Usain Bolt ends DN Galan losing streak
STOCKHOLM -- Complaining about a stiff back, an unusually tight bend and the windy conditions, Usain Bolt still won the 200 meters at the DN Galan meet in emphatic style Friday.
The Jamaican had lost over 100 meters in this meet in 2008 and 2010. But the switch to the 200 -- his preferred distance -- changed his luck at the Diamond League event.
In his last race before he defends his sprint titles at the world championships next month, Bolt cantered over the line well ahead of the field in 20.03 seconds.
In other events Friday, LaShawn Merritt was second in the 400 in his return from a 21-month doping ban, and Caster Semenya struggled again, finishing eighth in the 800.
Bolt said he felt a twinge on one side of his back toward the end of the race.
"Technically it was not a good race because the curves here are a bit tight," Bolt said. "I was careful not to get injured before the world championships. But generally, it was a good race despite the fact that I wanted a better time."
Bolt said the tight bend at Stockholm's Olympic Stadium, which was built to host the 1912 Games, had aggravated a long-standing back problem but dismissed concerns it might affect him in Daegu.
"My back is a little bit tight on the left side and I know that's because of the curve," Bolt said. "I'll be OK, no worries."
With the world championships starting Aug. 27, Semenya is preparing to defend her title. But she finished eighth in a race won by Kenia Sinclair of Jamaica.
Semenya's time of 2:01.28 seconds was well off her personal best of 1:55.45, set at the world championships in Berlin two years ago.
"It's very disappointing," Semenya said. "I don't know what happened. It's a little bit worrying. I should be running maybe under two minutes.
"I thought I was running faster so I was surprised I couldn't go in front. I just have to stay positive. What else can I say?" she said.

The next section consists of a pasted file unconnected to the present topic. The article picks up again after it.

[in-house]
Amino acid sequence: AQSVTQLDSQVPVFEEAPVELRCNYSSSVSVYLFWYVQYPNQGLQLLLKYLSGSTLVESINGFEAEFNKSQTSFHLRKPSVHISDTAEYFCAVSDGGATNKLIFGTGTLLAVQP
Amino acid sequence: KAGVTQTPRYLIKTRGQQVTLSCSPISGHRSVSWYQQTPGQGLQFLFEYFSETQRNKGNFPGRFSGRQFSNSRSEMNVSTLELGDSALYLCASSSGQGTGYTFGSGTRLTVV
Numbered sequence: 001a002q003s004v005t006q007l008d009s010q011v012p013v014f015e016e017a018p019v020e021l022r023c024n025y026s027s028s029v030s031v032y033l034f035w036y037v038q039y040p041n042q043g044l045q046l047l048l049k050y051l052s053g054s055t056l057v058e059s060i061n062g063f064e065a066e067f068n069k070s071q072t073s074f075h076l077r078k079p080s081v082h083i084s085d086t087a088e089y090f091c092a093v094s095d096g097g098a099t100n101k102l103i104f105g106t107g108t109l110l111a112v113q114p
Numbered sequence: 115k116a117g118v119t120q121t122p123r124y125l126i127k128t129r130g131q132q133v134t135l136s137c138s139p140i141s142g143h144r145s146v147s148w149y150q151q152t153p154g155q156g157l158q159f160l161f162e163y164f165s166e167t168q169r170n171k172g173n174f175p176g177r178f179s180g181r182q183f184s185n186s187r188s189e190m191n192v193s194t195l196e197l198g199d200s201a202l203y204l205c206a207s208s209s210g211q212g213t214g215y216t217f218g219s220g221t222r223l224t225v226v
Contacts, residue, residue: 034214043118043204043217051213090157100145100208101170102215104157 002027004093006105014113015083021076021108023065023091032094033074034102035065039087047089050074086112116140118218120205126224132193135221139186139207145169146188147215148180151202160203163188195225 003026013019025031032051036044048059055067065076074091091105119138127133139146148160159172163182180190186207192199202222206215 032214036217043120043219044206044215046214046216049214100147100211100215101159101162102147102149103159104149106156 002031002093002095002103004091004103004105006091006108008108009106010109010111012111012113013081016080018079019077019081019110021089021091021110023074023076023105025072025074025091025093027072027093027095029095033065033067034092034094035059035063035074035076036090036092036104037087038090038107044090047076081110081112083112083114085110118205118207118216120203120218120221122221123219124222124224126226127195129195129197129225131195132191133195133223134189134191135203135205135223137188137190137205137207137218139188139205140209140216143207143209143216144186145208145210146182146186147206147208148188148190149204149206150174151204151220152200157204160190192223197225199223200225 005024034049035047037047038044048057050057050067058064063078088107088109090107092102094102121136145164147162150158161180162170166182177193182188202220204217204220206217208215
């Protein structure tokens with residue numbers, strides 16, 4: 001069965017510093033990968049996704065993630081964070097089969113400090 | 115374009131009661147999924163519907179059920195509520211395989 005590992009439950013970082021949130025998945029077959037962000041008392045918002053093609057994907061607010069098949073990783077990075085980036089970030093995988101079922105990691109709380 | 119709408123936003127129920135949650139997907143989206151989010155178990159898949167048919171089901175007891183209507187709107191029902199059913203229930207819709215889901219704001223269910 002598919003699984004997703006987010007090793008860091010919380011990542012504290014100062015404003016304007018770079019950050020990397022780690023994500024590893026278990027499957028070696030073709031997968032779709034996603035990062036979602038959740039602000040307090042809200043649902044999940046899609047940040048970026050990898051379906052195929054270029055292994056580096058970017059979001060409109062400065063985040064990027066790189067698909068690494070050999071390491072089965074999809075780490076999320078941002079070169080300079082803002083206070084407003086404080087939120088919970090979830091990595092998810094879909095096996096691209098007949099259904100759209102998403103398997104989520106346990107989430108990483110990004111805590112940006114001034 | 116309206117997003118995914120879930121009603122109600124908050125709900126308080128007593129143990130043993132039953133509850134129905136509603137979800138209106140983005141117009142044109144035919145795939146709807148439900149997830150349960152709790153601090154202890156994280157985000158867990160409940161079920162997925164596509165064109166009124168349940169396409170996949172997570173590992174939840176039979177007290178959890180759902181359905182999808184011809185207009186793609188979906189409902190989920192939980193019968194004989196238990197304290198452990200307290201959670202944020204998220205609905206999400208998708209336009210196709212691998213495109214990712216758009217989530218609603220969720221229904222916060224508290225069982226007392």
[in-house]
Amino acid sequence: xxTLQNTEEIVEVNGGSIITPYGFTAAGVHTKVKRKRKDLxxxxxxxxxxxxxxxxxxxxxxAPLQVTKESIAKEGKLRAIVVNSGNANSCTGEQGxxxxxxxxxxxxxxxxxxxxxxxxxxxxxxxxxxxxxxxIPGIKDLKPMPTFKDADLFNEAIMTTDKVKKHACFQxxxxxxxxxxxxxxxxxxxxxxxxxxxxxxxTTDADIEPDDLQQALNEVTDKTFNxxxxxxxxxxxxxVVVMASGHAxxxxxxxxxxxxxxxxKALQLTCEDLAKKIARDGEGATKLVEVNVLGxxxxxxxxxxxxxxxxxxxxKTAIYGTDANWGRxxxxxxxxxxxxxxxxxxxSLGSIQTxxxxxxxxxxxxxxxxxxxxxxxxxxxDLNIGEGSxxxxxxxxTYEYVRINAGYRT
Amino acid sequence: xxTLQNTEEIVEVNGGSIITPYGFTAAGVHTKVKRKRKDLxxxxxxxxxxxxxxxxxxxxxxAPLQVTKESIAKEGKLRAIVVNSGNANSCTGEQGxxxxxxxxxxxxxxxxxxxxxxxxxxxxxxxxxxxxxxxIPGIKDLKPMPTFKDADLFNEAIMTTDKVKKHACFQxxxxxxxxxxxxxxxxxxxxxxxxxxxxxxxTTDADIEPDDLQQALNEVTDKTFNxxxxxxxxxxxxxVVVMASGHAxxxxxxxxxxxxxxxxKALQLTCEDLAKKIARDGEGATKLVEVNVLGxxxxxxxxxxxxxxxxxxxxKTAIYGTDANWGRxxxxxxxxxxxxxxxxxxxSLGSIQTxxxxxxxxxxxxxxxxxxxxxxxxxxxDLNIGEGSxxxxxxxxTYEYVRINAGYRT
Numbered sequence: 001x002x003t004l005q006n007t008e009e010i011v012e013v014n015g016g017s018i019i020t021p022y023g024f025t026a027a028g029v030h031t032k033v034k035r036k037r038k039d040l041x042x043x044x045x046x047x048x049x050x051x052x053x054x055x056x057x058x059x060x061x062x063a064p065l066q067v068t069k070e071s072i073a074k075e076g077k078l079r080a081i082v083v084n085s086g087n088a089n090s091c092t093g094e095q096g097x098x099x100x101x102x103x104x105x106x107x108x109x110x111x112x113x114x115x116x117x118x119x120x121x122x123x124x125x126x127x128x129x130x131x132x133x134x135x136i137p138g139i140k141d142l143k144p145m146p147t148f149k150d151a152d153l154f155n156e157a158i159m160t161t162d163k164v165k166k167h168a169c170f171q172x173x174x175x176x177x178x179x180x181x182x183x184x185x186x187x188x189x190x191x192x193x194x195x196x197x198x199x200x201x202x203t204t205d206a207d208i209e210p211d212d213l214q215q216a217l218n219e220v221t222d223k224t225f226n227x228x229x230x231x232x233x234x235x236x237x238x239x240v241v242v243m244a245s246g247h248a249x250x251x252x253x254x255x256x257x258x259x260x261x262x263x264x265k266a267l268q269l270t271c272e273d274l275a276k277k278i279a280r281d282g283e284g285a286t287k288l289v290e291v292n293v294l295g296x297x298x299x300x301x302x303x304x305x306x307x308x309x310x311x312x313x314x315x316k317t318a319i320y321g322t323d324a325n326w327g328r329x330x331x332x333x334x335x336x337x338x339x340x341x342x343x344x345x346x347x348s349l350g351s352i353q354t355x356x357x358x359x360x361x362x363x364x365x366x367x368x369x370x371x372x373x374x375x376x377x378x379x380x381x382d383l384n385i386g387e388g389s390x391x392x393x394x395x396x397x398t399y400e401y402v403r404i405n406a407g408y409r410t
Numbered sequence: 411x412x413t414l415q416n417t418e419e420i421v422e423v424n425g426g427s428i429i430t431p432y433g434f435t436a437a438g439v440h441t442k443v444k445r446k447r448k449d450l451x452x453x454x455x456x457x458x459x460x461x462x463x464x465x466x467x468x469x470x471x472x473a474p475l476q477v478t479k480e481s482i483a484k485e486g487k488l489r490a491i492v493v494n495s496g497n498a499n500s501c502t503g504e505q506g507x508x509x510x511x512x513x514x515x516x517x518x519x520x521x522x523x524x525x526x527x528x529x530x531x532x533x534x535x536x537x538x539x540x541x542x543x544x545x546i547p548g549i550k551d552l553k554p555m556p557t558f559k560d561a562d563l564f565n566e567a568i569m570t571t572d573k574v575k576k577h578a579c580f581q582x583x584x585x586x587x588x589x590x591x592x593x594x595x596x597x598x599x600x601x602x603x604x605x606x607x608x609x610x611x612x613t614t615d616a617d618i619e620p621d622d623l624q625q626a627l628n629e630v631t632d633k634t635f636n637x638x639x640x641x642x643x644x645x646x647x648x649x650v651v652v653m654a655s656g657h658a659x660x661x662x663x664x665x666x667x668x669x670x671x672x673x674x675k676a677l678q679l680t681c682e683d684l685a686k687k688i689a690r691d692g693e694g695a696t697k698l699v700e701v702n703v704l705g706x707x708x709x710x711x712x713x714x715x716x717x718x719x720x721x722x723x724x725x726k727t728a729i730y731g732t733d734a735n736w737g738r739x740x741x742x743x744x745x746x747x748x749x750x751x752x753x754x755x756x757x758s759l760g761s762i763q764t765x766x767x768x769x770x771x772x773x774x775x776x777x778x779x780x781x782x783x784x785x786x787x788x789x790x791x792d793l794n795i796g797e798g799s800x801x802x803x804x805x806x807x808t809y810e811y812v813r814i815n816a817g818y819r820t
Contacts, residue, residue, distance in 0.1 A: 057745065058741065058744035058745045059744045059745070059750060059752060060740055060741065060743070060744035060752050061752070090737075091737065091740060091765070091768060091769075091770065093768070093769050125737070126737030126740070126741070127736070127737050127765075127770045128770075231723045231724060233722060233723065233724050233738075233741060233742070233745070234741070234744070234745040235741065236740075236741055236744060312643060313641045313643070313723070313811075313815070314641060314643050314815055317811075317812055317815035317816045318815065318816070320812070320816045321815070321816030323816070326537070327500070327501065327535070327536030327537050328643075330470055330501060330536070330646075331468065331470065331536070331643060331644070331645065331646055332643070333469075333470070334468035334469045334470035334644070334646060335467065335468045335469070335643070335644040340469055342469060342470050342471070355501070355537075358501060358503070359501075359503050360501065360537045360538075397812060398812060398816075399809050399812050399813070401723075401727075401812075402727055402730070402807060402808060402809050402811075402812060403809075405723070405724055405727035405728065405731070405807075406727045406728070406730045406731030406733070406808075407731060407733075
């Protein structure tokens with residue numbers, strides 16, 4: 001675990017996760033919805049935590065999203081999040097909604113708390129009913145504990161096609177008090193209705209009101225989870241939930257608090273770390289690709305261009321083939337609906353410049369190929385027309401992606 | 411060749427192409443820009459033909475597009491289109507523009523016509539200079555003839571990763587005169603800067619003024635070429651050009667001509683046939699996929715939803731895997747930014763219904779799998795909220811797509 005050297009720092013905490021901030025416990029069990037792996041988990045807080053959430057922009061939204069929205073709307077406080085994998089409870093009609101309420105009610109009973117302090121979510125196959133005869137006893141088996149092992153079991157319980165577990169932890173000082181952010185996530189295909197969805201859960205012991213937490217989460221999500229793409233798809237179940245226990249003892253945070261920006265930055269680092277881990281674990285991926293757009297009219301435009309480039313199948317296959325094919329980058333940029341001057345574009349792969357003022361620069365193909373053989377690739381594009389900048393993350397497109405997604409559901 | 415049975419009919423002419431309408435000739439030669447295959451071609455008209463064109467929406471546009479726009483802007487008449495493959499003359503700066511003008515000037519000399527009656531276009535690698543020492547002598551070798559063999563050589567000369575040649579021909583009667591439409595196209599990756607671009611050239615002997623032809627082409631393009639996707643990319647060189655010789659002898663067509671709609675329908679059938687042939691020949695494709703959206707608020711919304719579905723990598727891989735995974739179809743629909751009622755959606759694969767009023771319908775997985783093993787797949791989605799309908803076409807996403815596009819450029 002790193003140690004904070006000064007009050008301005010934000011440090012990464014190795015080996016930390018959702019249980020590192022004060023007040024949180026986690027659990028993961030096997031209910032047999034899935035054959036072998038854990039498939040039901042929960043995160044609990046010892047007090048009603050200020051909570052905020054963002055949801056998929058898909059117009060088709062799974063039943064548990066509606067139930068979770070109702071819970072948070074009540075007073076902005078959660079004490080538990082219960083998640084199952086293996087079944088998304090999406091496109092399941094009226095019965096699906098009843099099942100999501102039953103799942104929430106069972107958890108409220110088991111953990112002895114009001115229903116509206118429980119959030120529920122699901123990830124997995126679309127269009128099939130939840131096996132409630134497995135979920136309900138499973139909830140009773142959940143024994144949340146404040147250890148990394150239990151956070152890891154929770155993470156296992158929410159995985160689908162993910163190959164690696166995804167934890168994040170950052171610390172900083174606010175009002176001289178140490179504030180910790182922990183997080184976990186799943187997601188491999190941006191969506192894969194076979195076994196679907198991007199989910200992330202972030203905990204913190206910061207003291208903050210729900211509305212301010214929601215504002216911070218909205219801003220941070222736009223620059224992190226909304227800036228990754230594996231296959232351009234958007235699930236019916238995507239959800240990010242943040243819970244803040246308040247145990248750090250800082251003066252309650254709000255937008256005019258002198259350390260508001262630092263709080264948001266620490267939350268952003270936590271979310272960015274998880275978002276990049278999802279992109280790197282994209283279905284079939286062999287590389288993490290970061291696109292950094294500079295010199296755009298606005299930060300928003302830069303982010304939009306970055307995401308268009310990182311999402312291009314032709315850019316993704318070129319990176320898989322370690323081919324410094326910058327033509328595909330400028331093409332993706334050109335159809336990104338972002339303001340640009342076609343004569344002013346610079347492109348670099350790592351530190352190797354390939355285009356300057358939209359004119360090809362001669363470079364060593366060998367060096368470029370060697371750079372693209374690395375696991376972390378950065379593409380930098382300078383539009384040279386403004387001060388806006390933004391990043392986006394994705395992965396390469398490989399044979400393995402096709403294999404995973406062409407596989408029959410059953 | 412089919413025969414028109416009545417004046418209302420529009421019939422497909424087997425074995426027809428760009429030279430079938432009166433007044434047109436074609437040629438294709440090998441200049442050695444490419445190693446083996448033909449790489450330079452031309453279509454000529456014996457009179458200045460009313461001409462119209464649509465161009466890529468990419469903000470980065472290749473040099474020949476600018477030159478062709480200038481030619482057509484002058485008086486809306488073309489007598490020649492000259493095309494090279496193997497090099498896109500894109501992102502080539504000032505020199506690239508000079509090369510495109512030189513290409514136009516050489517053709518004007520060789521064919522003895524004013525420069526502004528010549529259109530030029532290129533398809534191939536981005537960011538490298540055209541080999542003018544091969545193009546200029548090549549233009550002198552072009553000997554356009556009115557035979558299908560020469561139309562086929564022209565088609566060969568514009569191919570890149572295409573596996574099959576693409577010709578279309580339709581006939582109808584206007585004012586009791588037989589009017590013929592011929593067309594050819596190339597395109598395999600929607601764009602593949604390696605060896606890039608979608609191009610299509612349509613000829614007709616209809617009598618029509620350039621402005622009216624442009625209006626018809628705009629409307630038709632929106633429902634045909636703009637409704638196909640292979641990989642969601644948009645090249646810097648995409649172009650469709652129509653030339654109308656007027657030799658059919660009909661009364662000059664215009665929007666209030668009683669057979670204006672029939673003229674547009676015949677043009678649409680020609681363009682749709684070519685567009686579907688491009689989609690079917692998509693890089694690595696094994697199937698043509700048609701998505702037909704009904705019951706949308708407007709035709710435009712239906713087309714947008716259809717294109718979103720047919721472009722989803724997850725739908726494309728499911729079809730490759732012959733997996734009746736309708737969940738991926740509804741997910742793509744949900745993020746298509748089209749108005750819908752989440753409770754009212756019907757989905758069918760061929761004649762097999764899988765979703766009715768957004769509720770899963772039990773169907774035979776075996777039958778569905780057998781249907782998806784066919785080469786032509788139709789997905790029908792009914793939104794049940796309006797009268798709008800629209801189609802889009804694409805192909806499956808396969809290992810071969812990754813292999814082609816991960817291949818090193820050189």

The 20-year-old South African missed most of last year because of controversial gender testing and hasn't been able to rediscover her best form. She plans to compete at the World University Games in Shenzhen, China, next month before heading to South Korea for the worlds.
In the men's 400, Merritt made a solid return after his 21-month doping ban expired Wednesday. The world champion was in contention coming off the final bend but tied up in the home straight and was beaten by Jermaine Gonzales of Jamaica.
"I missed competing, this is what I love the most," Merritt said after finishing in 44.74. "I will go back home now and get ready for Daegu. I will come there to defend my title and that is what I expect from the championships."
Merritt tested positive for a banned substance found in a male-enhancement product but had three months knocked off his two-year ban when an arbitration panel ruled he had not used the product to gain a competitive advantage.
While he has been cleared to run at the world championships, his participation in next year's London Olympics will be decided by the Court of Arbitration for Sport, which is due to hear his case Aug. 17.
Carmelita Jeter won the women's 100 in 11.15. Marshevet Myers came in second for an American 1-2, ahead of Kerron Stewart of Jamaica.
Kaliese Spencer won the 400 hurdles in 53.74, while Vivian Jepkemoi Cheruiyot set the third-fastest time ever in the 5,000, finishing in 14:20.87 to set a Kenyan record and post the quickest time in the world this year.
American Jason Richardson beat world leader David Oliver in the 110 hurdles with a 13.17 clocking. World record-holder Dayron Robles pulled out Thursday with a foot injury.
Andreas Thorkildsen of Norway was a popular winner in the men's javelin, just a week after the bomb and shooting attacks in his home country.
Thorkildsen, the world championship favorite, threw a world-leading 290 feet, 1 inch on his second effort. He acknowledged the crowd's approval by turning and bowing.
"It was nice to satisfy people after the terrible thing that happened in Norway," Thorkildsen said.
Copyright 2011 by The Associated Press
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